Two years ago, former Virginia Republican Congressman Tom Davis lamented, "The Republican brand is in the trash can...if we were dog food, they would take us off the shelf." Now 24 months later, Republican leaders have abandoned their second attempt to rebrand their tainted product. Nevertheless, the American people seem determined to restock the House with it.
While the first failed GOP effort to bleach the stain of George W. Bush ended with a bang, the latest died with a whimper. In May 2008, House Minority Leader John Boehner (R-OH) unveiled to great fanfare - and even greater laughter - the new Republican slogan, "The Change You Deserve." Sadly for downcast conservatives, that tag line was already in use by the anti-depressant Effexor. Worse still, the FDA took issue with the drug ad for "unsubstantiated superiority claims" in the treatment of "of depression, generalized anxiety disorder, social anxiety disorder, and panic disorder in adults," symptoms that could easily have described the post-Bush electorate.
Now, as ThinkProgress reported Friday, number two House Republican Eric Cantor has "suspended" his party's latest extremist makeover before it could even reach the punch line stage. (Fittingly, visiting the wethepeopleplan.org web site announced its press release produces an error.) Unsurprisingly, a Cantor spokesman John Murray blamed Democrats for the failure of his much-hyped National Council for a New America:
He blamed the demise of the council on "relentless" attacks from Democrats. The organization also was the target of an ethics complaint, filed by Citizens for Responsibility and Ethics in Washington, claiming Cantor's office had violated House rules regarding funding for political organizations.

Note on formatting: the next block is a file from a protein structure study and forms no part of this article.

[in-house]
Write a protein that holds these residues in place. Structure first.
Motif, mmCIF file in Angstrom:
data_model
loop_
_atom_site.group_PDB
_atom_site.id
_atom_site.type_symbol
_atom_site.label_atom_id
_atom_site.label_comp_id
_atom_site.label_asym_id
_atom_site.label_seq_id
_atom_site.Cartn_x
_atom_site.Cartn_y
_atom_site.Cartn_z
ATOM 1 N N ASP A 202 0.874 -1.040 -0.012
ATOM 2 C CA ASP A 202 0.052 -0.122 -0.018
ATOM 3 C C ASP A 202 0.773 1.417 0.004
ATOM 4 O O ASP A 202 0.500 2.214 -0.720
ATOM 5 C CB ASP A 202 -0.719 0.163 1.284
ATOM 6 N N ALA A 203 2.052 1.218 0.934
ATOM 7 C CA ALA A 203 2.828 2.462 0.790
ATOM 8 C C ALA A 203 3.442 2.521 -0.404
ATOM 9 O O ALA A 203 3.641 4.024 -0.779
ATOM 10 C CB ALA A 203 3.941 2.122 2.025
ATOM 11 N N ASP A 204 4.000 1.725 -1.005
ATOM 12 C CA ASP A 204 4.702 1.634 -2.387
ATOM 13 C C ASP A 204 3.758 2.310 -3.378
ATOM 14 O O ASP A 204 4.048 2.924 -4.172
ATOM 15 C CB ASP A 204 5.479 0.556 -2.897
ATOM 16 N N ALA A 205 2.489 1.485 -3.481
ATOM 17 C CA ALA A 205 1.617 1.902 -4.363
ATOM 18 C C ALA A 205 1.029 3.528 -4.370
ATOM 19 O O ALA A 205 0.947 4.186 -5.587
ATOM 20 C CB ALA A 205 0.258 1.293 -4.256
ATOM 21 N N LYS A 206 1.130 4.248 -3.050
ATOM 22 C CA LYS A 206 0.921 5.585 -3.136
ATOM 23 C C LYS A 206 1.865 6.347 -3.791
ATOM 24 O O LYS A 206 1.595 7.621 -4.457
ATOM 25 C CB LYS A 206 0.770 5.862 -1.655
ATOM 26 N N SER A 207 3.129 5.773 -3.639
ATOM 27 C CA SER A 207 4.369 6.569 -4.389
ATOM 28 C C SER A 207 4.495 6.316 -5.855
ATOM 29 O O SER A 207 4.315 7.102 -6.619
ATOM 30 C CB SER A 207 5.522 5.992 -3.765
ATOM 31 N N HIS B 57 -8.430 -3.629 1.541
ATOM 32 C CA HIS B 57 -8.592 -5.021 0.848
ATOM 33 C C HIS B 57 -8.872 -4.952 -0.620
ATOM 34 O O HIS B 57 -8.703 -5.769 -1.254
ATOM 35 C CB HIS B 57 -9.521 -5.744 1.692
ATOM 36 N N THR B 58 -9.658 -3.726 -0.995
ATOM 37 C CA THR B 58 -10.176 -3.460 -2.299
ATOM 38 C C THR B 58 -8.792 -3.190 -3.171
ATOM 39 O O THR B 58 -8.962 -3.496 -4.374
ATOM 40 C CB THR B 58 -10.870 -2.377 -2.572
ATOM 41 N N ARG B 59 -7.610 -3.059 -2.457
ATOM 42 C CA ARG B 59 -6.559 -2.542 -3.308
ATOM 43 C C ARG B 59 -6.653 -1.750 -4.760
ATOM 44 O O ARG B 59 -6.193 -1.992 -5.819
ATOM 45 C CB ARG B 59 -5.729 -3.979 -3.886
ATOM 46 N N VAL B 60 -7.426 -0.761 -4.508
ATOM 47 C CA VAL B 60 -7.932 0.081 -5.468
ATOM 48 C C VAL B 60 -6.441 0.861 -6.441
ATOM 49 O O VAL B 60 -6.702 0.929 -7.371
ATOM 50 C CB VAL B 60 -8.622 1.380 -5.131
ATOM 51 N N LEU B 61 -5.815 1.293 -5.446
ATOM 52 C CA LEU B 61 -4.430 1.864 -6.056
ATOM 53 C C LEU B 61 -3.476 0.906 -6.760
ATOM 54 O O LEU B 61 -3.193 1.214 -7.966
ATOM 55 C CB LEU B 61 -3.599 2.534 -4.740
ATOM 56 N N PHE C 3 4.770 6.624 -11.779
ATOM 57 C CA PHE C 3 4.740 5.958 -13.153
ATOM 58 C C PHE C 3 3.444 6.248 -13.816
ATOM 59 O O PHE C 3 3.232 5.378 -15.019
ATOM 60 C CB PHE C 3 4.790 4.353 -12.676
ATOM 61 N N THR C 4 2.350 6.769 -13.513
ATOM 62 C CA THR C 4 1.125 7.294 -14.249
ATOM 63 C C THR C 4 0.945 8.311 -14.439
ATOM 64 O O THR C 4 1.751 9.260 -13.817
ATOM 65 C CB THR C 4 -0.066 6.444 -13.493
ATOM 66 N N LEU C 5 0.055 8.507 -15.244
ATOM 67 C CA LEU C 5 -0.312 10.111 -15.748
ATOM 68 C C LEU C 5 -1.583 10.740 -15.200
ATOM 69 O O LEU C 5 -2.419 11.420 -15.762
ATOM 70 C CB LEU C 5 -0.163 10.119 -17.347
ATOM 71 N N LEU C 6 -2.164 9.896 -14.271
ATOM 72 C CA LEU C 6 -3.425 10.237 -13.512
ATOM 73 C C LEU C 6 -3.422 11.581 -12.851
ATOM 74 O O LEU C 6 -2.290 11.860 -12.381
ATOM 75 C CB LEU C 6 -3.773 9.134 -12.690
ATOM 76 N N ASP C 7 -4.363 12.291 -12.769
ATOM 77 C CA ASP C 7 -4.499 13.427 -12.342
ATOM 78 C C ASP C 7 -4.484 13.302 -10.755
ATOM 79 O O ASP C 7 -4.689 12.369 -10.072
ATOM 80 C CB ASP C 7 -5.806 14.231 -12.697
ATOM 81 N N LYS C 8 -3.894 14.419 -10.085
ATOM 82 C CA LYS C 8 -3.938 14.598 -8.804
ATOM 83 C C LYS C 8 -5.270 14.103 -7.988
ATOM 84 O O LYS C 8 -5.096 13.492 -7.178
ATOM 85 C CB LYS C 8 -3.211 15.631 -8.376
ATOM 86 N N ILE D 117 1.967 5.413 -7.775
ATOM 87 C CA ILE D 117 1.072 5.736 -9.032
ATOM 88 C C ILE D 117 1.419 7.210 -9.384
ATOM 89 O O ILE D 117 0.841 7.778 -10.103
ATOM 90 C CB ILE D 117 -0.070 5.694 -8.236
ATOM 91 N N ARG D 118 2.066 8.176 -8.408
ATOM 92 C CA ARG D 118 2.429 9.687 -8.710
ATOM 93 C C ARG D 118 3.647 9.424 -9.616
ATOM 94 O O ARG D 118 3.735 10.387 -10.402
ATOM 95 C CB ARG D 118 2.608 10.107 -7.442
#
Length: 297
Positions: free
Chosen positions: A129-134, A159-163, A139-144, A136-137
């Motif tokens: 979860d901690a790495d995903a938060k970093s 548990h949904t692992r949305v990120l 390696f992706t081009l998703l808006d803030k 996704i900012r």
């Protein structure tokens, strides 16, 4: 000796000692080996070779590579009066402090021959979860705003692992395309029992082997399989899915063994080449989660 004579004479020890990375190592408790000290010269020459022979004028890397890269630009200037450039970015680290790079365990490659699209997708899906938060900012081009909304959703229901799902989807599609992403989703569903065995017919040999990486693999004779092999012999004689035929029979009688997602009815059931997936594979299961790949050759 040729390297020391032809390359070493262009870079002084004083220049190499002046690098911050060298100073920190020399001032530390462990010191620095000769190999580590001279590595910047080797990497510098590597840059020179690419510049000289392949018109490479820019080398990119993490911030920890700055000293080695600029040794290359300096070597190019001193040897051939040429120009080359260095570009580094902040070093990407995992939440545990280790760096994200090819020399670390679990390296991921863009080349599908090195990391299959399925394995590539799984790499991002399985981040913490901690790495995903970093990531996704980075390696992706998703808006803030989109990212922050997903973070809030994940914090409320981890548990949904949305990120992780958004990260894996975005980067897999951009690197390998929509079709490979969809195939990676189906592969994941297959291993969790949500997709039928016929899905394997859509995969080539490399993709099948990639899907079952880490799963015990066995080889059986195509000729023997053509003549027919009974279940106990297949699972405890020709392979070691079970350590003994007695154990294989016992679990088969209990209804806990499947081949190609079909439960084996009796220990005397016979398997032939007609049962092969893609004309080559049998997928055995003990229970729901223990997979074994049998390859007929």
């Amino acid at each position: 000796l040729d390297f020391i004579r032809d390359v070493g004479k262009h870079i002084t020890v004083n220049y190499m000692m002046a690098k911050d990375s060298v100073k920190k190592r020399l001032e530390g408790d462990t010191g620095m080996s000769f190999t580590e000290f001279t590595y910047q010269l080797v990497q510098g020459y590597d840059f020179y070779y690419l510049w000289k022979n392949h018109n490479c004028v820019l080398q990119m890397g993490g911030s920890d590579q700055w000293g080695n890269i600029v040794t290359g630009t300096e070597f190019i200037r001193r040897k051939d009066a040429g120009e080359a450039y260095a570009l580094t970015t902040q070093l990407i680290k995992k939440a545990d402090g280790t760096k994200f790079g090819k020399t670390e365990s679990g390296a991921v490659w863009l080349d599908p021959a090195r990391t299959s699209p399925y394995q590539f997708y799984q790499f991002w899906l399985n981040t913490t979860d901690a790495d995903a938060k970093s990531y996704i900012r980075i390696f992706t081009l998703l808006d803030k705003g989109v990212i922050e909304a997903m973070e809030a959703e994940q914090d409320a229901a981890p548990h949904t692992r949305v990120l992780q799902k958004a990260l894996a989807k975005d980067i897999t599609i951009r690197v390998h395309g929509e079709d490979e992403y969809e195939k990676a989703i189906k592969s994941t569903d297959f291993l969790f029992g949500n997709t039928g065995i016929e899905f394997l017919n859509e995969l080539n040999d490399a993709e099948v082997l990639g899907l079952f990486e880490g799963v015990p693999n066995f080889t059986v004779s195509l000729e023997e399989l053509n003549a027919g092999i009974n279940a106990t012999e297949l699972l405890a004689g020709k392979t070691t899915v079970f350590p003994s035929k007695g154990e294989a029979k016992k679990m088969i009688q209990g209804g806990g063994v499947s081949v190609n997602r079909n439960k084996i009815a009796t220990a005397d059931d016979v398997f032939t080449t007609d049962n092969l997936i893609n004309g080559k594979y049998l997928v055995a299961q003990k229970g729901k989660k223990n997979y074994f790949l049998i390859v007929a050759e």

Murray said the complaint has been dismissed.
When the council was set up, Cantor said the plan was to hold town halls around the country to allow average Americans to state their views. Sen. John McCain, R-Ariz., said the council would be bipartisan.
The council held just one town hall meeting. Cantor and two Republican former governors, Jeb Bush of Florida and Mitt Romney of Massachusetts, attended that session, May 2, 2009, at an Arlington County pizza parlor.
As it turns out, pizza could be a good place to start for the Republicans. Earlier this year, Domino's Pizza launched an" honesty campaign" to let Americans know it had reformulated a product its own customers derided as tasting like "cardboard." (Like the GOP, Domino's was led by a reactionary: its founder Tom Monaghan left the company to bake his own Catholic city and university from scratch in Florida.)
Despite Cantor's setback in redefining what GOP stands for, the Republicans are poised for massive gains in the 2010 midterm elections. Unlike Toyota and BP, the GOP is being rewarded for marketing defective products including a record-setting number of filibusters and an unprecedented blockade of presidential nominees. Apparently for Republicans, nothing succeeds like failure.